Two former Orange County sheriff’s deputies have pleaded guilty to falsifying military orders they used to take paid time off from the Sheriff’s Department, authorities said.
Prosecutors say twin brothers Taylor Morgan and Tyler Morgan, both of whom served in the Marine Corps Reserve, submitted dozens of fraudulent military leave orders to the Sheriff’s Department claiming they were on active duty when they were not.
In one instance, Tyler Morgan submitted documents showing he had been called up for active duty for a week in July 2019. Instead, he took a vacation to Las Vegas and spent one day at home playing the “Call of Duty” video game, the U.S. attorney’s office said.
The 26-year-old brothers, of Long Beach, pleaded guilty in U.S. District Court Tuesday to one federal misdemeanor count each of unlawful possession of an authentication feature. In separate cases, they admitted to committing wire fraud by submitting falsified documents altered to look like legitimate military orders, federal authorities said.
The fraud, which prosecutors said cost taxpayers more than $45,000, was uncovered by a colleague, Orange County Sheriff Don Barnes said in a statement.
“These former deputies took advantage of military service for their own personal gain. Their egregious misconduct was brought forward by a member of our department, investigated, and they have been terminated,” Barnes said.
The Morgans were both correctional service assistants at the Theo Lacy Jail in Orange County. As deputies, they received 30 days of annual paid vacation time and were eligible for an additional 30 days a year of paid military leave.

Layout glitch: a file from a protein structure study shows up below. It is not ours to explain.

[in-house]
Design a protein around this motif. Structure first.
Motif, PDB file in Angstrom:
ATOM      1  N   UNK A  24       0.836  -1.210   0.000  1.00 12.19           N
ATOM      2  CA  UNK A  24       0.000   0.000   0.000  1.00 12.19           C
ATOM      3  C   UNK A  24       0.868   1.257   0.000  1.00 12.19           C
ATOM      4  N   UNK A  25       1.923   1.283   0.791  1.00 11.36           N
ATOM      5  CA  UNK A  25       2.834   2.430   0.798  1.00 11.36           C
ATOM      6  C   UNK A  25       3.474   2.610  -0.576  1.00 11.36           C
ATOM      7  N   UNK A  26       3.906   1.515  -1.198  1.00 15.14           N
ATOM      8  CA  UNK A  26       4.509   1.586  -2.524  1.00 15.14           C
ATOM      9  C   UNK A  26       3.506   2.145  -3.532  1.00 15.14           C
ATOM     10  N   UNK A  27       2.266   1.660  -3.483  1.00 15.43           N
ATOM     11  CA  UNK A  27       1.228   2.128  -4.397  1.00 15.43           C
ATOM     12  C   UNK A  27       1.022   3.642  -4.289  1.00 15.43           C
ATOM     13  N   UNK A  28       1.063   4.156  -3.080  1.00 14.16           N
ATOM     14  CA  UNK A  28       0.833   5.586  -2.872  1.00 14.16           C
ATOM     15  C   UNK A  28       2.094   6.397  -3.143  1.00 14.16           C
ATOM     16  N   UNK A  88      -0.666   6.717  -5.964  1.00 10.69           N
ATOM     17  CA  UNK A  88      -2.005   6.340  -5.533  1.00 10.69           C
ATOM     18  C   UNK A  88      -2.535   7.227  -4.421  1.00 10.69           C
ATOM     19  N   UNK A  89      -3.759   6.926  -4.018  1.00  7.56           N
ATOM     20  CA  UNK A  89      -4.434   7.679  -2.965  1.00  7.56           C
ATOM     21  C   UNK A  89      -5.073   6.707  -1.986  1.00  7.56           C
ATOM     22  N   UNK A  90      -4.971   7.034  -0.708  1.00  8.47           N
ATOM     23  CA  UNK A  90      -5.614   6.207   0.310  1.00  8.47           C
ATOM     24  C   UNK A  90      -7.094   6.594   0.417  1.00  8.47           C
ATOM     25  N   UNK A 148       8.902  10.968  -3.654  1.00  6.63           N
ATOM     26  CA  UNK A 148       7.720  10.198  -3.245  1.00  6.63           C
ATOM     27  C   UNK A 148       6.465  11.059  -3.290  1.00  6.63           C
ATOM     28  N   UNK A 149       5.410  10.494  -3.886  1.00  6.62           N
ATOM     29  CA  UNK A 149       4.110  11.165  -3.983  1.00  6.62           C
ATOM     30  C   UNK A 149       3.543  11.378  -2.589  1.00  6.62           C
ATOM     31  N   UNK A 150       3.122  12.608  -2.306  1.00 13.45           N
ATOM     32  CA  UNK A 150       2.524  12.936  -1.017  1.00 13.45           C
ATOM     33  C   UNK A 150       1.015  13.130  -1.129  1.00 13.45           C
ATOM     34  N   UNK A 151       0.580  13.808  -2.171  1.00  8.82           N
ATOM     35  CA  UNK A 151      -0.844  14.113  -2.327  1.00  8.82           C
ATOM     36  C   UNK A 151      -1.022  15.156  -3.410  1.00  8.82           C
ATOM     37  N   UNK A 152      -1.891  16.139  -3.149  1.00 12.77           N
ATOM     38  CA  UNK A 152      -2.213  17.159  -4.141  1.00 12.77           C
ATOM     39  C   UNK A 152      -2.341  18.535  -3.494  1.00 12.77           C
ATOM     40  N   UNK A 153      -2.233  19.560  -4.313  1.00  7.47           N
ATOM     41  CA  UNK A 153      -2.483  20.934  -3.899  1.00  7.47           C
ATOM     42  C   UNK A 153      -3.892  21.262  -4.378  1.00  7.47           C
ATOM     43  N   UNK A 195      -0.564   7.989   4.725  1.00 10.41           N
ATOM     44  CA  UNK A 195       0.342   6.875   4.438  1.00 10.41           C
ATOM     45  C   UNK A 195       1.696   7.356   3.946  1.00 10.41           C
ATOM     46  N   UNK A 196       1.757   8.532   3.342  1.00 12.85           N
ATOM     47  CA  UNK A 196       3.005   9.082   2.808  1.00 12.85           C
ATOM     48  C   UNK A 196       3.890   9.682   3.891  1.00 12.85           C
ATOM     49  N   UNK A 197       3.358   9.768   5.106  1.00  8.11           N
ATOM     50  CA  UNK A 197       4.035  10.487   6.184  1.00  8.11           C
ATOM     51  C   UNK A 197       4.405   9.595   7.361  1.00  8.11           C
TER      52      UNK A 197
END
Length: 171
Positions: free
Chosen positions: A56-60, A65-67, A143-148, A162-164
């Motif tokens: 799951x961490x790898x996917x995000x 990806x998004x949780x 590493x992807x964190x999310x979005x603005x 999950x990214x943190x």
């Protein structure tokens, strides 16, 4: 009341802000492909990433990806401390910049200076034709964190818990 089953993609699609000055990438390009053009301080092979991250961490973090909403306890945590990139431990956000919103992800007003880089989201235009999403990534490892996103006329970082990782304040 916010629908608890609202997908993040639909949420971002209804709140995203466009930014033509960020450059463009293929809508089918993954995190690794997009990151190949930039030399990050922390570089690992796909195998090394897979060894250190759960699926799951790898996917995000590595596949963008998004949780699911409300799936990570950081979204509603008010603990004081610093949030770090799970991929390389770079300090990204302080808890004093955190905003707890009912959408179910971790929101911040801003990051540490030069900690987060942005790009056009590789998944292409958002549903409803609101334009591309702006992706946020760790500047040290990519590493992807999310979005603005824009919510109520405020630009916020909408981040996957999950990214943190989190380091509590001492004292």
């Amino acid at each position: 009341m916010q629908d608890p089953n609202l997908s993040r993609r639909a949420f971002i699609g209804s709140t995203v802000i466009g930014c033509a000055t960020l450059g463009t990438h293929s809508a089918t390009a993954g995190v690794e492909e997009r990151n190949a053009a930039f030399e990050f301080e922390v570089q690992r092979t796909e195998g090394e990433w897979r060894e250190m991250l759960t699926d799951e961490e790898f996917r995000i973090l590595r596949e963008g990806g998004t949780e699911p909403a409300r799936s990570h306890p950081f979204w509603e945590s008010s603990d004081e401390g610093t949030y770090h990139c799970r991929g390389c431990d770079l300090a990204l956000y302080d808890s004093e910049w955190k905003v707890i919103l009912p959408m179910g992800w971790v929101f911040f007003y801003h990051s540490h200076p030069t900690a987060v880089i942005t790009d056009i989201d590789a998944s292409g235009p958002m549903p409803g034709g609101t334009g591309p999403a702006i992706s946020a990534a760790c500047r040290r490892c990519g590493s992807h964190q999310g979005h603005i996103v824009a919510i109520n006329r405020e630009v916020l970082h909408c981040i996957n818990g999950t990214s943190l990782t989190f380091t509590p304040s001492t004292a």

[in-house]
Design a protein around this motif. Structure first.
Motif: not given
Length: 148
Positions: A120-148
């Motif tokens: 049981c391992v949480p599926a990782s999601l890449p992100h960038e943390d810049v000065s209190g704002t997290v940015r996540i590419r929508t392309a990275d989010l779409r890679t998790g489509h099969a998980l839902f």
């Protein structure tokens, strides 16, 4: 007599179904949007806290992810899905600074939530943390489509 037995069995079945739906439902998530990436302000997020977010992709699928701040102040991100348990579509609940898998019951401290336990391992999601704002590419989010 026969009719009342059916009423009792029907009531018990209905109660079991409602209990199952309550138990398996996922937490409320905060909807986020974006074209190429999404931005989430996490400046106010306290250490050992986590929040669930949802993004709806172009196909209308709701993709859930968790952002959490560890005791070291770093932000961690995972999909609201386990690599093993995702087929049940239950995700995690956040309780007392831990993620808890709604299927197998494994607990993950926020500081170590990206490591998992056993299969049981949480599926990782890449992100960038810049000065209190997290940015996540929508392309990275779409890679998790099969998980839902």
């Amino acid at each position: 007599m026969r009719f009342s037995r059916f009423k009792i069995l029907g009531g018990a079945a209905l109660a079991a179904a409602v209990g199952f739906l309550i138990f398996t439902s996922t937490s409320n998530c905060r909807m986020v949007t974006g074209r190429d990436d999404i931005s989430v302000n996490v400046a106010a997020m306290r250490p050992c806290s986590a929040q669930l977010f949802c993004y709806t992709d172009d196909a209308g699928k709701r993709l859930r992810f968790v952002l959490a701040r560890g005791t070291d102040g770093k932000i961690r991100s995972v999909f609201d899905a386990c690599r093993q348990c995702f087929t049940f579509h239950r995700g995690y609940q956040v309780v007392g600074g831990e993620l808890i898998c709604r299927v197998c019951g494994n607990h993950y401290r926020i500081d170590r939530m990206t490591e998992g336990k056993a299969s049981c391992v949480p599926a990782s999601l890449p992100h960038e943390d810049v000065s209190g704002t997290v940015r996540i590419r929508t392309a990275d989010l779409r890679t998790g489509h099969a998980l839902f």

Federal prosecutors say that Tyler Morgan submitted 25 fraudulent military leave orders to the department from May 2017 to January 2020, and Taylor Morgan submitted 24 fraudulent orders from June 2017 to November 2019. During that time, the U.S. attorney’s office said, neither had been ordered to report to their Camp Pendleton units.
In total, Taylor Morgan received 64 days of fraudulent military leave, and Tyler Morgan received 48 days, authorities said.
Following their guilty pleas, Taylor Morgan was sentenced to six months of house arrest, and Tyler Morgan was sentenced to eight months of house arrest.
U.S. Magistrate Judge Autumn D. Spaeth also ordered the brothers to pay back the money they claimed during their falsified leaves. Taylor Morgan will be required to pay $14,000 in restitution, and Tyler Morgan must pay $32,400 in restitution.
Other deputies have been investigated for similar schemes, sheriff’s officials said. In September, a U.S. Army reservist was caught submitting false military orders with a time-off request, prompting an internal investigation. A review uncovered six other deputies suspected of submitting fraudulent military orders. Among those, one deputy, who was on probation, was fired, two have resigned and four cases are pending.
© 2021 Los Angeles Times
Distributed by Tribune Content Agency, LLC.